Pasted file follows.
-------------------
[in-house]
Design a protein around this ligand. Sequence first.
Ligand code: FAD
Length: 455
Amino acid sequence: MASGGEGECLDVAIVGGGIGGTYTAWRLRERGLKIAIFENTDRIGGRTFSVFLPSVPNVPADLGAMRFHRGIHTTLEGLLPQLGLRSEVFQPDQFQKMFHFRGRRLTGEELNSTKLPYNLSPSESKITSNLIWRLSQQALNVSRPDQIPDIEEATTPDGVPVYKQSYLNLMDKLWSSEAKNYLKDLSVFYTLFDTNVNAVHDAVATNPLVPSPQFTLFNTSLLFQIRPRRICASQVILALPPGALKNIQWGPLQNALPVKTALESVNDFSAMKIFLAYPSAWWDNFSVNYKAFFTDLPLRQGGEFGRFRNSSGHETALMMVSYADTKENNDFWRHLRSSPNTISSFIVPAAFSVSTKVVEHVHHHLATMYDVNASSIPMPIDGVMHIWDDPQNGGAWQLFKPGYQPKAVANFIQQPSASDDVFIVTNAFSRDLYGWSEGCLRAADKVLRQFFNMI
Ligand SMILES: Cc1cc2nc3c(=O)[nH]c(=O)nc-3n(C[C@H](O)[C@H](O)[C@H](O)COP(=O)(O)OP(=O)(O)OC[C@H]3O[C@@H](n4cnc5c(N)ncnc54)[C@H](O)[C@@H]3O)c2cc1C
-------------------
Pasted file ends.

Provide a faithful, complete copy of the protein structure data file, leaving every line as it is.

[in-house]
Design a protein around this ligand. Sequence first.
Ligand code: FAD
Length: 455
Amino acid sequence: MASGGEGECLDVAIVGGGIGGTYTAWRLRERGLKIAIFENTDRIGGRTFSVFLPSVPNVPADLGAMRFHRGIHTTLEGLLPQLGLRSEVFQPDQFQKMFHFRGRRLTGEELNSTKLPYNLSPSESKITSNLIWRLSQQALNVSRPDQIPDIEEATTPDGVPVYKQSYLNLMDKLWSSEAKNYLKDLSVFYTLFDTNVNAVHDAVATNPLVPSPQFTLFNTSLLFQIRPRRICASQVILALPPGALKNIQWGPLQNALPVKTALESVNDFSAMKIFLAYPSAWWDNFSVNYKAFFTDLPLRQGGEFGRFRNSSGHETALMMVSYADTKENNDFWRHLRSSPNTISSFIVPAAFSVSTKVVEHVHHHLATMYDVNASSIPMPIDGVMHIWDDPQNGGAWQLFKPGYQPKAVANFIQQPSASDDVFIVTNAFSRDLYGWSEGCLRAADKVLRQFFNMI
Ligand SMILES: Cc1cc2nc3c(=O)[nH]c(=O)nc-3n(C[C@H](O)[C@H](O)[C@H](O)COP(=O)(O)OP(=O)(O)OC[C@H]3O[C@@H](n4cnc5c(N)ncnc54)[C@H](O)[C@@H]3O)c2cc1C